Rabid Fun

John Cowart's Daily Journal: A befuddled ordinary Christian looks for spiritual realities in day to day living.

Friday, December 14, 2007

Still In The Fire

The last line of my last entry said, “I never know what I think until I write about it”.

Wow! Am I in good company.

Last night I read Stephen King’s mystery novel The Colorado Kid and in his afterward, King said, “I write to find out what I think”.

Isn’t that cool!

Great minds follow the same thought pattern. So, if Stephen King and I arrive at the same conclusions independently of each other, that means my books ought to sell as well as Stephen King’s do. … Well, maybe not.

Yesterday’s mail brought me an unexpected check for $15.01 — Fifteen Dollars and One Penny — a surprise royalty check for the German translation of a book I wrote 20 years ago.

I'll bet that Stephen King never got a check for $15.01 for one of his books!

I’m on the road to riches.

My diary entries for every day this week all say the same thing — Worked on my fire history book.

I’m up to the year 2000 now.


The end is near.

A problem I confront daily is how to handle warts.

Yes, firefighters are strong, handsome, brave and pure-hearted, but they have a few warts too. Since my aim is to emphasize the strong, brave and pure-hearted aspects of their history, daily I’m tempted to gloss over the sleazy parts.

That wouldn’t be honest.

While I naturally want to put the best foot forward, as a Christian writer, I feel constrained to treat my subject with a modicum of integrity.

But, this is a secular subject; what does being a Christian have to do with it?

Well, anything a Christian writes is Christian writing. I should never divorce what I write about from what I am. Christ is at least prominent in my thinking even if He is not always preeminent. The writing approach is Christian even when the subject is not remotely religious.

Even my grocery list is Christian writing.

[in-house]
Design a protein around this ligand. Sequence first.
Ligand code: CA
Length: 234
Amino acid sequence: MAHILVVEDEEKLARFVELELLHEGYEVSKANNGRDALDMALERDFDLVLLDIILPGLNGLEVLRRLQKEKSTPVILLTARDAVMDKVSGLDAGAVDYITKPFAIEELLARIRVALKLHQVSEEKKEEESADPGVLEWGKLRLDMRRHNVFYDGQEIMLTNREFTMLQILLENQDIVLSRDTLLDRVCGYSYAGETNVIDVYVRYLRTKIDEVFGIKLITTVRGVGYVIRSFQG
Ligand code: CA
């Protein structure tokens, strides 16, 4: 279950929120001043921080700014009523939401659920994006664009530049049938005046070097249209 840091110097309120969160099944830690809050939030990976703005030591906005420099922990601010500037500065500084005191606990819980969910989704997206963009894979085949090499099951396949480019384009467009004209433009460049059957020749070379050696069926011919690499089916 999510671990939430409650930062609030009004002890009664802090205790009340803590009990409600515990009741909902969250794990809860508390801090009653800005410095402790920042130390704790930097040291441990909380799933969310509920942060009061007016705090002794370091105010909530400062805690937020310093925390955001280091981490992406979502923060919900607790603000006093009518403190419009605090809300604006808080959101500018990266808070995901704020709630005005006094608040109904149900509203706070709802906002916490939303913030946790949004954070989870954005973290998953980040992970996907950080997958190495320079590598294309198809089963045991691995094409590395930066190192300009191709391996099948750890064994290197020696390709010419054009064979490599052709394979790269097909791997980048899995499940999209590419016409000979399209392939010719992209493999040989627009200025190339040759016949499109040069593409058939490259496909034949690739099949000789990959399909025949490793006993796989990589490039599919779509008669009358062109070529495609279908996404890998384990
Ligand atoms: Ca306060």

The way I’m handling this in my fire history is to say, for instance, at the start of recording each year’s events, “ On the downside of 1899, such and such happened” Then, in the next heading or paragraph I say, “On the upside of 1899, such and such happened”.

That writing technique helps keep me more or less honest.

I wish there weren’t any warts, but since there are, I can’t think of a better way to handle them.

I’d hoped to finish work on this book last month, but I drug my feet.

Now, thoughts of Christmas interrupt my thinking about the book.

Ginny and I spent an hour or so last night discussing the logistics of getting the whole family together at the same time.

Christmas stuff eats away my mind.

I love them all, but having a family is like having a bowling alley installed in your brain.

How can I combine thinking about my fire history with thinking about family Christmas plans? And what about the holy religious aspects of Christ’s Incarnation?

In my fire history research I ran across this cartoon. You may have to have heard us Southerners talk in our unique drawl to catch the joke, but I find this hilarious:

Please, visit my website for more www.cowart.info and feel free to look over and buy one of my books www.bluefishbooks.info
posted by John Cowart @ 4:13 AM


At 5:49 AM, Anonymous Zebracadebra said...

They would have been ok with the Gold and Frankincense but I wonder how they dealt with the Mayor?

If you play poker try this and get some great tips, tricks and strategies.

At 3:58 PM, Blogger jellyhead said...

Good to hear you have made such progress with your book. And that cartoon is brilliant!

I agree about Christmas logistics. I love my family very much, but I also don't like large gatherings. Therefore Christams causes many conflicting emotions! Well hunker down...we'll survive.... hell, we may even ENJOY ourselves!

At 4:36 AM, Blogger Amrita said...

Funny John


Post a Comment

<< Home